Levinson-Waldman emphasized that individual communities should be consulted on whether they thought ShotSpotter and drones are “a good use of public money and police resources,” or if they’d rather see the city put money into other programs like social services.
Cities’ secrecy over ShotSpotter locations, and the potential for ShotSpotter to disproportionately surveil specific neighborhoods, are among a list of activist concerns about the technology. In 2012, the American Civil Liberties Union expressed concern over the microphones’ apparent ability to record conversations.
“It is not generally legal for law enforcement (or anyone else) to make audio recordings of conversations in which they are not a participant without a warrant,” ACLU Senior Policy Analyst Jay Stanley wrote for the organization. Stanley cited a New York Times report about ShotSpotter recording two men’s argument before a fatal shooting. ShotSpotter officials told the Times it was “extremely rare” for the microphones to record voices.
There’s also the question of whether ShotSpotter gets results. A 2016 Forbes analysis of ShotSpotter data in more than two dozen cities found that most ShotSpotter reports ended with police closing the cases as “unfounded,” or with officers “unable to locate” a shot, or similar language that indicated a dead end in the case. From 2013 to mid-2015, San Francisco’s ShotSpotter system sent 4,385 alerts. Only two resulted in arrests, Forbes found.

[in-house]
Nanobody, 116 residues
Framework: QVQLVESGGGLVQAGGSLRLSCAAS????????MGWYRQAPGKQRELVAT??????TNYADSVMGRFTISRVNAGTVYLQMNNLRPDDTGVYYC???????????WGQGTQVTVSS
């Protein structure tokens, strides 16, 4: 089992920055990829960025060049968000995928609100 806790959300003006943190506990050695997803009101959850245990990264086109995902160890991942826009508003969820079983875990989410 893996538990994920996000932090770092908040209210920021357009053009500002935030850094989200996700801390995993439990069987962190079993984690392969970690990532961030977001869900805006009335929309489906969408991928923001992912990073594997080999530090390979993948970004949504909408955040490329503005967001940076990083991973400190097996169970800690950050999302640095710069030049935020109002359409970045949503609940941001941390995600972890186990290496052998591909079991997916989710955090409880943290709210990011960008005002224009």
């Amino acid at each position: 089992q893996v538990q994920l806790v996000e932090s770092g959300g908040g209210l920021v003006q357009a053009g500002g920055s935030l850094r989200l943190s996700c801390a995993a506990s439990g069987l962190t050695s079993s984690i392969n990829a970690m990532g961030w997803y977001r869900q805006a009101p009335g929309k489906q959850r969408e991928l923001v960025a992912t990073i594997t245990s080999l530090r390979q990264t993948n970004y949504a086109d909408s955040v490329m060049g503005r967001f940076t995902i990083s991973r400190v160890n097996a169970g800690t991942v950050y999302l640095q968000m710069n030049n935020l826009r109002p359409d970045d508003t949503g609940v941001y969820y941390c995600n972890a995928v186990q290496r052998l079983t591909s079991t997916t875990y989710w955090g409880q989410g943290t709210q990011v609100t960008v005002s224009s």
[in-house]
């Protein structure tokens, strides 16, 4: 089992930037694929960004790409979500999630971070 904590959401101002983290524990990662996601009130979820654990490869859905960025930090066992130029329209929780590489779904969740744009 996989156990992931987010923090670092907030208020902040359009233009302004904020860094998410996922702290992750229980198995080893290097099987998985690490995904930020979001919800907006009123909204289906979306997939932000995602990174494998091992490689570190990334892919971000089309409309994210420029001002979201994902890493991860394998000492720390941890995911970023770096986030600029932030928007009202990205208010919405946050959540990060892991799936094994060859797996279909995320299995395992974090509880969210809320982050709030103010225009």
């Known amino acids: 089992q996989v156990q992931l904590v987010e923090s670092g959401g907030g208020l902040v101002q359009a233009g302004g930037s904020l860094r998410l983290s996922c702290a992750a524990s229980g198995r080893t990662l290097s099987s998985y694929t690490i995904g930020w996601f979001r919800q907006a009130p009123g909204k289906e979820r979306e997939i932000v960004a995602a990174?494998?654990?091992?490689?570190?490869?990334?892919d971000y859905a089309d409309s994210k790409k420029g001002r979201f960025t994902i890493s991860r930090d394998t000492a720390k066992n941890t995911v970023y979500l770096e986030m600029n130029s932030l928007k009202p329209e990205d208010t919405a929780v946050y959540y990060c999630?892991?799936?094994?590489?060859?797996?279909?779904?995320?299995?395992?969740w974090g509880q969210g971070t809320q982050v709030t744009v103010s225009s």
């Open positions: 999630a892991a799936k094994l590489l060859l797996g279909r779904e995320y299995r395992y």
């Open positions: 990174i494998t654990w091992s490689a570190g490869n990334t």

The ShotSpotter algorithm is supposed to filter out other loud noises like fireworks, construction, or backfiring cars. But it isn’t always successful. An independent, ShotSpotter-funded study found the program recorded a huge surge in supposed gunfire on New Year’s Eve and July 4, suggesting the program was confusing fireworks for gunfights (PDF).
Louisville’s ShotSpotter system has only seen one New Year’s Eve. But that night, from 11 p.m. on New Years Eve 2017 until 8 a.m. on New Year’s Day 2018, the system logged 465 gunshots, police told the city’s WAVE 3 News. Police did not clarify whether those reports were all gunshots, or if the sound of fireworks might have inflated the figure.
None of the 465 reports resulted in arrests.
But if Louisville’s program receives FAA approval, those reports could result in a visit from a drone, inviting a new set of privacy concerns. Louisville officials told WDRB the drones’ footage would only stream to the city’s police force.
It’s not clear how Louisville police would store or handle the footage after it’s collected. After rolling out ShotSpotter in summer 2017, Louisville Metro Police Chief Steve Conrad told reporters he was hoping to add more high-tech video equipment to the department’s arsenal, including license plate readers, and facial recognition software for surveillance cameras.
“When you think about drones specifically, instead of having a camera that’s always on, and could collect audio that’s not just a gunshot, I can see why a drone seems to mitigate some of those concerns,” Levinson-Waldman said. “By the same token, when we’re having this discussion about policing and technology and over-reliance on technology, it’s hard to think of a more visible example of that than suddenly having a drone circling overhead.
“I think if nothing else, this doesn’t seem like a great public look.”